Tuesday, May 08, 2012


The Barretts of Wimpole Street (1957)

This film is my contribution to Tuesday’s Overlooked/Forgotten films and television over at Todd Mason’s blog Sweet Freedom. Don't forget to check out the other fascinating entries over there.

Passionate love and scintillating verse dominated the twenty-month courtship of Robert Browning and Elizabeth Barrett that eventually culminated in marriage on September 12, 1846, at Marylebone Church in London. The renowned English poets, described as the “most romantic literary couple from the Victorian era,” exchanged hundreds of letters affirming and reaffirming their mutual love and friendship.

“I love your verses with all my heart, dear Miss Barrett — I do, as I say, love these verses with all my heart,” Robert, the more expressive of the two, wrote after he read Elizabeth’s poems for the first time.

It wasn’t long before he fell in love with Elizabeth and expressed his feelings for her in nearly all his letters.

In one letter, written on December 27, 1845, Robert declares, “For ever and for ever I do love you, dearest — love you with my whole heart — in life, in death.”

Then, on February 23, 1846, a few months before they were married, he gushes, “Bless you, my sweetest. I love you with my whole heart; ever shall love you.” 

Elizabeth, the eldest of the nine Barrett children, reciprocated his love both during their affair and after their marriage. In August 1851, five years after they tied the knot, Elizabeth wrote to her old friend Mrs. Martin:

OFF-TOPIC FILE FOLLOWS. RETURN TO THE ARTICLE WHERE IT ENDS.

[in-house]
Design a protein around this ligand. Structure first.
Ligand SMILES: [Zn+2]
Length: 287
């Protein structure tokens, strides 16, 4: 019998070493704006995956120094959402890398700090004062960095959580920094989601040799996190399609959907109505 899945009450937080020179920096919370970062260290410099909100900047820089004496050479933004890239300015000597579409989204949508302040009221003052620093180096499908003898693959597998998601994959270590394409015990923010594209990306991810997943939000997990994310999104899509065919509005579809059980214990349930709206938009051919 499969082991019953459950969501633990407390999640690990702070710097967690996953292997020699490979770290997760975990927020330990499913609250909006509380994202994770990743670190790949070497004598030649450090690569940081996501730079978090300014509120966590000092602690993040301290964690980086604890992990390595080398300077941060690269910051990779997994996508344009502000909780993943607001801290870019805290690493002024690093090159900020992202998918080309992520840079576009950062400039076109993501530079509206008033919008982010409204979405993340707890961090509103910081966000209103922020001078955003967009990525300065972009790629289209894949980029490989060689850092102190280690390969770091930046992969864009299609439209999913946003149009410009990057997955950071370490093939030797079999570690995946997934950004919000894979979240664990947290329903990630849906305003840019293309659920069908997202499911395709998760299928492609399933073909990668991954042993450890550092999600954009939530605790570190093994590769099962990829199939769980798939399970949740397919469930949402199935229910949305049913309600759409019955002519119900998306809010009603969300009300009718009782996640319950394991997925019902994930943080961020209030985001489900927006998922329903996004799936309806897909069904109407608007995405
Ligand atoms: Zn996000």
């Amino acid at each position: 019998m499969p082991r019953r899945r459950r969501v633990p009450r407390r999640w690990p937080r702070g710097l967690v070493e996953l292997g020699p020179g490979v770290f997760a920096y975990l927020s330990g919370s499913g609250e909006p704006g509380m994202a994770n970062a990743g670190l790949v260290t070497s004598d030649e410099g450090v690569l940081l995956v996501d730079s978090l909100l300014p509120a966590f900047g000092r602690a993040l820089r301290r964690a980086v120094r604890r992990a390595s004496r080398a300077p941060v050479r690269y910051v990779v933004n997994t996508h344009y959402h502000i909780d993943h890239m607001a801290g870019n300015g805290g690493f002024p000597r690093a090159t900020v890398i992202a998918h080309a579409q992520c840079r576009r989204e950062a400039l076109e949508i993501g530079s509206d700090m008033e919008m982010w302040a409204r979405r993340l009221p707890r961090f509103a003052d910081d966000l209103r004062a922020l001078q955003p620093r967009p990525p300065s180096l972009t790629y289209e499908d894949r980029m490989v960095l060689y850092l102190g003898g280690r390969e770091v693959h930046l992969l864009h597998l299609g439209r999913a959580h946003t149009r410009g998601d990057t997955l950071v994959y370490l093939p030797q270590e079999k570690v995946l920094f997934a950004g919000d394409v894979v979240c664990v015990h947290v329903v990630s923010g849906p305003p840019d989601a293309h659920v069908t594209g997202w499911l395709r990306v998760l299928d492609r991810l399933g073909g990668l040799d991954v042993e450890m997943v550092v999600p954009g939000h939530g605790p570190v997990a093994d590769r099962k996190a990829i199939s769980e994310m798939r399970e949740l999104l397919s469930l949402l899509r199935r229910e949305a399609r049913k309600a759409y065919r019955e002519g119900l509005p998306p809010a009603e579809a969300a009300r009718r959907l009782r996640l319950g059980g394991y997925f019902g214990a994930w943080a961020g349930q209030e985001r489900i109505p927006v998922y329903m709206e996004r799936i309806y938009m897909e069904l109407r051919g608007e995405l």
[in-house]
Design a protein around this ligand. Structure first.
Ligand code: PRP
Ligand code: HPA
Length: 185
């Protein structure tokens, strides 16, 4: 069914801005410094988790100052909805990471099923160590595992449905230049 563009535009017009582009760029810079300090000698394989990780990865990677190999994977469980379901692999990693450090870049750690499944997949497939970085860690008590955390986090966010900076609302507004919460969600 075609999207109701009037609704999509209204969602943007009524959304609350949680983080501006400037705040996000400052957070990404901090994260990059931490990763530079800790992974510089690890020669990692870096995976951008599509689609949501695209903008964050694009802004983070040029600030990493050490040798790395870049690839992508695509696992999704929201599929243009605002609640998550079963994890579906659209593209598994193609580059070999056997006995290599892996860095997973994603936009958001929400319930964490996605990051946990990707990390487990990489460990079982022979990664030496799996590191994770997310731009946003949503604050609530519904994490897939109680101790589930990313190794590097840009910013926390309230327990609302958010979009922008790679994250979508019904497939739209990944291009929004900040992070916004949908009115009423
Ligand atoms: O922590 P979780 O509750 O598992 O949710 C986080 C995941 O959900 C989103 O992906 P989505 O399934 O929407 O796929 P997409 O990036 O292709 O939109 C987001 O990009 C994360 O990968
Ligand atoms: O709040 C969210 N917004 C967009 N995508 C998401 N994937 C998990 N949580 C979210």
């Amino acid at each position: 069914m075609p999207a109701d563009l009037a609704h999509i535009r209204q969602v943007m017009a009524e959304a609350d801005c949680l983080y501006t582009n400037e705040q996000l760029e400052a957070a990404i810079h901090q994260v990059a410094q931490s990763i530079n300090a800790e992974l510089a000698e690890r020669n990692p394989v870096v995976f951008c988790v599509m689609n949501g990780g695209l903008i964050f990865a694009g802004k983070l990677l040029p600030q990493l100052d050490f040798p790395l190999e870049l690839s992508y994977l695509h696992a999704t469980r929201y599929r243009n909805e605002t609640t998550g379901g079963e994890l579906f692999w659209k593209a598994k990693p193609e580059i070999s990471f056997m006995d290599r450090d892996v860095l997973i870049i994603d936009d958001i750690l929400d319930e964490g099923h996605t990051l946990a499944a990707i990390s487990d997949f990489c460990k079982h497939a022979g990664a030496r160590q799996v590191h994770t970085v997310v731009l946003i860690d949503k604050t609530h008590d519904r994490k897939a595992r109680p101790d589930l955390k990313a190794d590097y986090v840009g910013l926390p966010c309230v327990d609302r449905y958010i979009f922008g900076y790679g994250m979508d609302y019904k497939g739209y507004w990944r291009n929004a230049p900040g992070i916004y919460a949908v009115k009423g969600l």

“So far from regretting my marriage, it has made the happiness and honour of my life; and every unkindness received from my own house makes me press nearer to the tenderest and noblest of human hearts proved by the uninterrupted devotion of nearly five years. Husband, lover, nurse — not one of these, has Robert been to me, but all three together. I neither regret my marriage, therefore, nor the manner of it, because the manner of it was a necessity of the act. I thought so at the time, I think so now; and I believe that the world in general will decide (if the world is to be really appealed to) that my opinion upon this subject (after five years) is worth more.”

Her words “every unkindness received from my own house…” are particularly significant for Elizabeth is alluding to a long life of tyranny under her widowed father, whose possessiveness of his eldest daughter bordered on incest. Elizabeth, therefore, felt deeply indebted to Robert for saving her life — by marrying her when she was ill and whisking her off to Italy where they lived for fifteen years before she died in his arms on June 29, 1861.

It is the tyranny of her father on one hand and the devotion of her lover on the other that is at the core of The Barretts of Wimpole Street made by Sidney Franklin in 1957. This colour film is apparently a scene-by-scene replica of the black-and-white version directed by Franklin in 1934.

John Gielgud and Jennifer Jones in a tense scene.

In the original edition, Charles Laughton plays Edward Moulton-Barrett, the father, a role that is tailor-made for John Gielgud in the latter version. While Norma Shearer and Fredric March act as Elizabeth Barrett and Robert Browning in the 1934 film, they are replaced by Jennifer Jones and Bill Travers in the 1957 offering.

I cannot compare the two versions as I haven’t seen the first.

Had there been a 2012 version, however, I’d have liked to see either Colin Firth or Johnny Depp as Robert Browning, Winona Ryder as Elizabeth Barrett, and Gene Hackman, provided he is still acting at the age of eighty, as Barrett Senior (I can picture him gritting his teeth, grabbing Elizabeth by her arm and pulling her roughly to him). But this is neither here nor there.

Bill Travers and Jennifer Jones take their vows.

The wonderful John Gielgud is terrific as Edward Moulton-Barrett, the widower, as he goes around the Wimpole household terrorising his adult children who are not allowed to have affairs or marry without his consent.